Listings of patent numbers according to their classification in the U.S. Patent Classification System can be generated in an electronic file.
Bibliographic patent information contained in the TAF database and used to generate the above reports is available for purchase on a variety of digital media.
Older TAF (TAF is the predecessor of PTMT) publications (Patent Profiles, Technology Assessment and Forecast Reports, and others) and products (Industrial Patent Activity Report) may be purchased from the National Technical Information Service (NTIS). Descriptions of these older reports may be viewed separately.
Other products available from NTIS contain patent data as obtained from the TAF database such as the "Statistical Abstract of the United States" (prepared by the Department of Commerce and the Bureau of the Census). Contact NTIS for a current list of their complete products and services.
Many selected PTMT statistical reports are available for downloading from the USPTO Internet site free of charge. PTMT reports that are available for downloading are either in Adobe ® Acrobat ® format (".pdf" file extension), in ASCII text format (".txt" file extension), or in HTML hypertext format (".htm" file extension). Links to available, free software for viewing and printing PDF files may be obtained by accessing the following page: ( http://www.uspto.gov/web/menu/plugins/pdf.htm).
Please note that table data in some of the PTMT Hypertext (.htm) format pages can be directly imported into many newer software programs (e.g., newer spreadsheet software). Check your software documentation for details. The reports may also be obtained by contacting PTMT. For specific PTMT address and telephone number information and for Internet address information, please consult the "Contact Information" section at the end of this brochure.
Please note that there are some PTMT reports that are available only on the Internet (e.g., the various drill-down reports)!
Some general statistical Patent Technology Monitoring Team (PTMT) Reports are available free of charge, subject to availability. However, fees are charged for other selected reports, products, and services, as listed below, due to their large size and specialized nature. Such fees are intended to cover printing and distribution costs.
- SELECTED PTMT REPORTS
The following table displays the price list for selected PTMT patent activity reports and other various products, available from USPTO. Title Media Order Number Price PATENTING TRENDS IN THE UNITED STATES REPORT and
PATENTING TRENDS IN THE UNITED STATES-- STATE COUNTRY REPORT
CD-ROM EIP-3075-CD $ 25 U.S. COLLEGES AND UNIVERSITIES -- UTILITY
PATENT GRANTS, 1969-2005 (also on the USPTO Web Site) *
CD-ROM EIP-3091-CD $ 25 U.S. GOVERNMENT PATENTING,
2004 (also on the USPTO Web Site) *
CD-ROM EIP-3092-CD $ 25 PATENT ACTIVITY INDEX REPORT, and
PATENT ACTIVITY INDEX REPORT, CORPORATE PATENTING, 2005
CD-ROM EIP-3035P-CD $ 25 BUTTONS TO BIOTECH, U.S. PATENTING BY
WOMEN, 1977 to 1996 - includes limited update
through 2002 (approx. 30 pages)
Paper EIP-3050P-PP $ 20 SELECTED TECHNOLOGIES REPORTS (variable lengths) Paper/Electronic File various $ 20 Issue Dates and Patent Numbers Since 1836 * Paper EIP-3140P-PP $ 5 Utility Patent Applications By Country of Origin Since 1965 * Paper EIP-3150P-PP $ 5 Patent Counts By Class By Year Report (each report) * Paper various $ 5 Utility Patent Counts By State, County, and Metro Area * Paper EIP-3210P-PP $ 5 OTHER GENERAL PTMT PATENT STATISTICAL REPORTS (variable lengths) * Paper/Electronic File various (some are free)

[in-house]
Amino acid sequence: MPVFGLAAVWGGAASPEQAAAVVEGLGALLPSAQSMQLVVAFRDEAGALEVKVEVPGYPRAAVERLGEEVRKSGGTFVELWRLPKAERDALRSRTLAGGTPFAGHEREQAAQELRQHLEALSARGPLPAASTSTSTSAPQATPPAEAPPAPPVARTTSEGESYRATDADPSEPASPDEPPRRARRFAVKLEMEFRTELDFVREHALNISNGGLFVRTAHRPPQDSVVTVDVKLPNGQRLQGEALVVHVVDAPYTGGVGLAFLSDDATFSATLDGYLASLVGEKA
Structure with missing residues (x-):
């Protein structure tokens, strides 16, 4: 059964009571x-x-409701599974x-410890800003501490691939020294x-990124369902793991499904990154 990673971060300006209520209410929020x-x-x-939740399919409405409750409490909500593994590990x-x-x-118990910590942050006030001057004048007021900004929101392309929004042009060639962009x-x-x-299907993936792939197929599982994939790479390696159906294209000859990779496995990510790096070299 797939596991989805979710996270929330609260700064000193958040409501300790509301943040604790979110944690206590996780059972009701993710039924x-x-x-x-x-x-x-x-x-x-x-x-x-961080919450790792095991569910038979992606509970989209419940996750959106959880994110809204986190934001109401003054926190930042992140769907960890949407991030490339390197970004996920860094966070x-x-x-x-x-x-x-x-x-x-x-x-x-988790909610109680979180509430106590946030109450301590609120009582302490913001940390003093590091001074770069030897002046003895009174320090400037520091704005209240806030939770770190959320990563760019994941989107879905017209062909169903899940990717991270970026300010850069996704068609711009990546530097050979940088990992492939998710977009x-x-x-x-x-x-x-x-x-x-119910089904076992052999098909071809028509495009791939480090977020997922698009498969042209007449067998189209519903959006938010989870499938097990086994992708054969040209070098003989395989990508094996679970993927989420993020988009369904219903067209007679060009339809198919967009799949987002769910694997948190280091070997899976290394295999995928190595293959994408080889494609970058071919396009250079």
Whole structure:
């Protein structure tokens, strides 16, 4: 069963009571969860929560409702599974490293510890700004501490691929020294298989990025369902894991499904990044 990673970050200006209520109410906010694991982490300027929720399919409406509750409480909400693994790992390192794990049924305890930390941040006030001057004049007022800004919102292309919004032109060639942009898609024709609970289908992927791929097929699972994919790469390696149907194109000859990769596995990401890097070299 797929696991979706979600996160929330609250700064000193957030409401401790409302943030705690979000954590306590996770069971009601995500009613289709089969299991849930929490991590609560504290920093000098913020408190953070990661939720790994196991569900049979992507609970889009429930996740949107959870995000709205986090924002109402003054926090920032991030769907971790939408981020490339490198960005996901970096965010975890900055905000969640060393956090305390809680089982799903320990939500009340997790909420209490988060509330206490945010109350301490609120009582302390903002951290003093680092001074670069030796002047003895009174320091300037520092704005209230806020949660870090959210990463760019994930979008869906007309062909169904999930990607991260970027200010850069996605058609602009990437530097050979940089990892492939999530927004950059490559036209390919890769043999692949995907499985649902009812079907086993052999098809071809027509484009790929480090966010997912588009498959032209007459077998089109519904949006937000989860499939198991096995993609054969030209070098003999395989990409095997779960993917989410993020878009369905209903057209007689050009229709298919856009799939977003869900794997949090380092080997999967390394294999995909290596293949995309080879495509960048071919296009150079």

Please note that there are some PTMT reports and products that are available only at the USPTO Web Site and/or the PTMT direct download site(e.g., some of the various drill-down reports).
- DIGITAL MEDIA HAVING INFORMATION CONTAINED IN THE TAF DATABASE
- (Prices and availability vary depending on the information wanted and available staff resources. Contact PTMT for further information.
- INVENTOR MAILING LABELS (PLEASE NOTE THAT AVAILABILITY MAY BE LIMITED)
- Labels are available at a price of $50 plus:
- $0.35 per page of paper output
- $0.70 per page of label stock output
- $ 25 per 1.5 megabytes of uncompressed electronic file output
- CUSTOM REPORTS
- Prices for custom reports vary according to the size and complexity of the requested report. Generally, report prices will be $50 per request plus $10 for every 30 single-sided report pages and $25 per 1.5 megabytes of uncompressed electronic file output. Custom report availability is subject to the availability of PTMT staff resources.
- SUBCLASS LISTINGS
- Price is $3 per requested subclass on paper. Additional $25 for electronic file output.
Electronic files generally consist of text files in ASCII format and spreadsheet files in LOTUS 1-2-3 ® ; ".wk1" format or in MICROSOFT ® ; Excel ".xls" format although other formats can often be accommodated.
Payment by check, made out to the Commissioner of Patents, is acceptable.
Prices are subject to change.
* Many general statistical reports and products, including those noted with an asterisk, are available for free via the USPTO Internet Web Site at the PTMT direct download web page location.
Questions regarding this report should be directed to:
U.S. Patent and Trademark Office
Electronic Information Products Division - PTMT
MDW 4C18; P.O Box 1450
Alexandria VA 22313-1450
tel: (571) 272-5600
fax: (571) 273-0110
address of PTMT pages at the USPTO Web Site: http://www.uspto.gov/web/offices/ac/ido/oeip/taf/reports.htm
selected PTMT materials available for download at : http://www.uspto.gov/web/offices/ac/ido/oeip/taf/data/